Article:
Hygienic paper tissue
Hygienic tissue paper is commonly used for facial tissue (paper handkerchiefs), napkins, bathroom tissue and household towels. Paper has been used for hygiene purposes for centuries, but tissue paper as we know it today was not produced in USA before the mid-1940s. In Western Europe large scale industrial production started in the beginning of 1960s.
Main article: Facial tissue
Facial tissue (paper handkerchiefs) refers to a class of soft, absorbent, disposable paper that is suitable for use on the face. The term is commonly used to refer to the type of facial tissue, usually sold in boxes, that is designed to facilitate the expulsion of nasal mucus from the nose although it may refer to other types of facial tissues including napkins and wipes.
The first tissue handkerchiefs were introduced in the 1920s. They have been refined over the years, especially for softness and strength, but their basic design has remained constant. Today each person in Western Europe uses about 200 tissue handkerchiefs a year, with a variety of 'alternative' functions including the treatment of minor wounds, the cleaning of face and hands and the cleaning of spectacles.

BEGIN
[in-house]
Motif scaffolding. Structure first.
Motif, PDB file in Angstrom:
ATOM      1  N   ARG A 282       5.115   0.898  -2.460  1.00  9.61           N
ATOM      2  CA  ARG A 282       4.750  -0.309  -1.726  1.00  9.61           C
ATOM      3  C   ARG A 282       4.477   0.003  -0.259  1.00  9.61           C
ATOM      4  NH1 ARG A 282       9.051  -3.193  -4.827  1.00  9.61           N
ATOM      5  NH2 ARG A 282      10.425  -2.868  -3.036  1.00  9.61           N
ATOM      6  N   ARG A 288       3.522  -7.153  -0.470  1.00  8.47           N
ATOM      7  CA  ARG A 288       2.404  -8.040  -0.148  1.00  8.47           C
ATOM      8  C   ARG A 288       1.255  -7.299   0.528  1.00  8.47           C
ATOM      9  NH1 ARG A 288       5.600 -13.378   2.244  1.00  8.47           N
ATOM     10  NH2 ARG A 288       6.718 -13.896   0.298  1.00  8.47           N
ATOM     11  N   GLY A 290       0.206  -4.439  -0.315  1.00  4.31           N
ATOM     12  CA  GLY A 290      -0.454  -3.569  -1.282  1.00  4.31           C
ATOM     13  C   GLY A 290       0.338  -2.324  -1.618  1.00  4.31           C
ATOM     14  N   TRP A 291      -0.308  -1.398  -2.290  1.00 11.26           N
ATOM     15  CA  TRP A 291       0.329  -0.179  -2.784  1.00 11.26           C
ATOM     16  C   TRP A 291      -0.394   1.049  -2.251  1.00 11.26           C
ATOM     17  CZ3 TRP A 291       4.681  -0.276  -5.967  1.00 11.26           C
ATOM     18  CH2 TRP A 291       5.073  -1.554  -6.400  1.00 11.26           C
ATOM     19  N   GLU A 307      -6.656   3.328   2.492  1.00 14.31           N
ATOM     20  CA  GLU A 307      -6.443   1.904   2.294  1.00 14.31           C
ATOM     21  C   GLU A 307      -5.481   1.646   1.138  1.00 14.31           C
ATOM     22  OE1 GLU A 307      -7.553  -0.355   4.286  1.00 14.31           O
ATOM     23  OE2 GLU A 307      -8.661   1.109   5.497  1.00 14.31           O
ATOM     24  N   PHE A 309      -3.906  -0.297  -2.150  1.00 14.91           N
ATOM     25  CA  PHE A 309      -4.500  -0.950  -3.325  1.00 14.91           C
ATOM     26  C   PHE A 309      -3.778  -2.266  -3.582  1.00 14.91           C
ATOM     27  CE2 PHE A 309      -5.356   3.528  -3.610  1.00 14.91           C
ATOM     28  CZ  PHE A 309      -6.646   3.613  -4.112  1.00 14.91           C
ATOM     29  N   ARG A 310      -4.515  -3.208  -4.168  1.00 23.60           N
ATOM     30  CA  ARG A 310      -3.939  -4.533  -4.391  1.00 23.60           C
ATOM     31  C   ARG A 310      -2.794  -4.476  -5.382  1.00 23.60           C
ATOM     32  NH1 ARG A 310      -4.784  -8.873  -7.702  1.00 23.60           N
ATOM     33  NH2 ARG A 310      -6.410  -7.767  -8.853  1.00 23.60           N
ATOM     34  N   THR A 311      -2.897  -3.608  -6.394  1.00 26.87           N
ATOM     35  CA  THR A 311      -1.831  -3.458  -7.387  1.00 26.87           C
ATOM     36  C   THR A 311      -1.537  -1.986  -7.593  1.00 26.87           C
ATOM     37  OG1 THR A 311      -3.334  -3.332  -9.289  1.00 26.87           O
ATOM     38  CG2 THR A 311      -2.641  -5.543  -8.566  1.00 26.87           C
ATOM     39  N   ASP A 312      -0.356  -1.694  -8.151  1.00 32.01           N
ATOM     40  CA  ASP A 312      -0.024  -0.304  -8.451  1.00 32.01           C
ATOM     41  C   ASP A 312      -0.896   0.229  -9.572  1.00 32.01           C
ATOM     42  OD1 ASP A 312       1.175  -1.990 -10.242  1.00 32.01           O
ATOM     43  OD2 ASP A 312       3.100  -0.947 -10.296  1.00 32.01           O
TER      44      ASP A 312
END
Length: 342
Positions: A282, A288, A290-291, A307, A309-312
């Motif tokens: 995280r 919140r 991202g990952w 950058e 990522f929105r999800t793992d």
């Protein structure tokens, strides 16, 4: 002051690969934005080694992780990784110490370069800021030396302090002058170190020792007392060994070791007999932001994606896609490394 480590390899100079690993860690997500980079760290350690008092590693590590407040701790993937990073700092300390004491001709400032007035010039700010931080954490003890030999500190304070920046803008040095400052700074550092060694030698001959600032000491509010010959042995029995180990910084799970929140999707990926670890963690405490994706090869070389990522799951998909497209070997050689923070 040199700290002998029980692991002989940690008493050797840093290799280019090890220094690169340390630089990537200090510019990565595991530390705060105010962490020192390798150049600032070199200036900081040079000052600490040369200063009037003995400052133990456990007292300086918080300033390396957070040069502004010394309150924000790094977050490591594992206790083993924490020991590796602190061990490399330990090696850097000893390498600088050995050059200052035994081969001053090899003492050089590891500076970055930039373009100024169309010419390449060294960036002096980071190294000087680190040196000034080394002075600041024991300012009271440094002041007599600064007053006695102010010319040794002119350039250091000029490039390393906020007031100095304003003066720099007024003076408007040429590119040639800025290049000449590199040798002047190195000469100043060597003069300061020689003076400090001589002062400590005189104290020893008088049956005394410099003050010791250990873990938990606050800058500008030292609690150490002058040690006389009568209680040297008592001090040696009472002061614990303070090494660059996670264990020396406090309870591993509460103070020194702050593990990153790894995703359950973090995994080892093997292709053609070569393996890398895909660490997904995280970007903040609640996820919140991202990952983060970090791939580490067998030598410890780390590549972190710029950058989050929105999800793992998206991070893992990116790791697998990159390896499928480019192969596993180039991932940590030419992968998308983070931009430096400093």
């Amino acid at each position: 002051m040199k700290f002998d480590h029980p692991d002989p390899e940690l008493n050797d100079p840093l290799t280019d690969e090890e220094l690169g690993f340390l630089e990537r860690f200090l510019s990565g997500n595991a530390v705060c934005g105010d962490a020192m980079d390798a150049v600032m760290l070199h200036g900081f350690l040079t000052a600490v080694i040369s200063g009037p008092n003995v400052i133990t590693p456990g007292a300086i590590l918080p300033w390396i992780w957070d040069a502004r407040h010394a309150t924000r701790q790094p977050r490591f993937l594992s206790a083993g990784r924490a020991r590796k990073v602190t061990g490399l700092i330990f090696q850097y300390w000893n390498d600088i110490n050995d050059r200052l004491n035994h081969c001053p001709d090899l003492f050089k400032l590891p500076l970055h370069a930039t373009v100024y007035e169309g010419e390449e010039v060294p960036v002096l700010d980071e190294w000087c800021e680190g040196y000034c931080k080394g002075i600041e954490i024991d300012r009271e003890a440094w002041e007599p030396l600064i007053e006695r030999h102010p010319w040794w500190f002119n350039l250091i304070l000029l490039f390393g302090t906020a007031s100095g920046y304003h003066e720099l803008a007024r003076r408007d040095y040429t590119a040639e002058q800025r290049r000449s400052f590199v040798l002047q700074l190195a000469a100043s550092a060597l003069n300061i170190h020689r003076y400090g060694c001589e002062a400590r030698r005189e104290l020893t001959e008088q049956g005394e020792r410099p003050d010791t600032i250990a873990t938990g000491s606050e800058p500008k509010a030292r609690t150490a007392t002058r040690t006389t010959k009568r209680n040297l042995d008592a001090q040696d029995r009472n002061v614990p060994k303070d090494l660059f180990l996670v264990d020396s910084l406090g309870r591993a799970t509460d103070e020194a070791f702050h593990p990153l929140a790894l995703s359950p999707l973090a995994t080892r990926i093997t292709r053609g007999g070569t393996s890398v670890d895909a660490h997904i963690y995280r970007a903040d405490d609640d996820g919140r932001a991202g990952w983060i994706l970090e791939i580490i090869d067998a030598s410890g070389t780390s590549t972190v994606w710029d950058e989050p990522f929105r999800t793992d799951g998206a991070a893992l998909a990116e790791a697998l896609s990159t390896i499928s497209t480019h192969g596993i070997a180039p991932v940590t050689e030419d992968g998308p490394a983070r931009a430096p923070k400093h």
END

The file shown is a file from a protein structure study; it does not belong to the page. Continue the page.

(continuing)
The importance of the paper tissue on minimising the spread of an infection has been highlighted in light of fears over a swine flu epidemic. In the UK, for example, the Government ran a campaign called “Catch it, bin it, kill it? which encouraged people to cover their mouth with a paper tissue when coughing or sneezing.
Main article: Paper towel
Paper towels are the second largest application for tissue paper in the consumer sector. This type of paper has usually a basis weight of 20 to 24 g/m2. Normally such paper towels are two-ply. This kind of tissue can be made from 100% chemical pulp to 100% recycled fibre or a combination of the two. Normally, some long fibre chemical pulp is included to improve strength.
Main article: Wrapping tissue
Wrapping tissue is a type of thin, translucent paper used for wrapping and cushioning fragile items.
Main article: Toilet paper
Rolls of toilet paper have been available since the end of the 19th century. Today, more than 20 billion rolls of toilet tissue are used each year in Western Europe.
Table napkins can be made of tissue paper. These are made from one up to four plies and in a variety of qualities, sizes, folds, colours and patterns depending on intended use and prevailing fashions. The composition of raw materials varies a lot from deinked to chemical pulp depending on quality.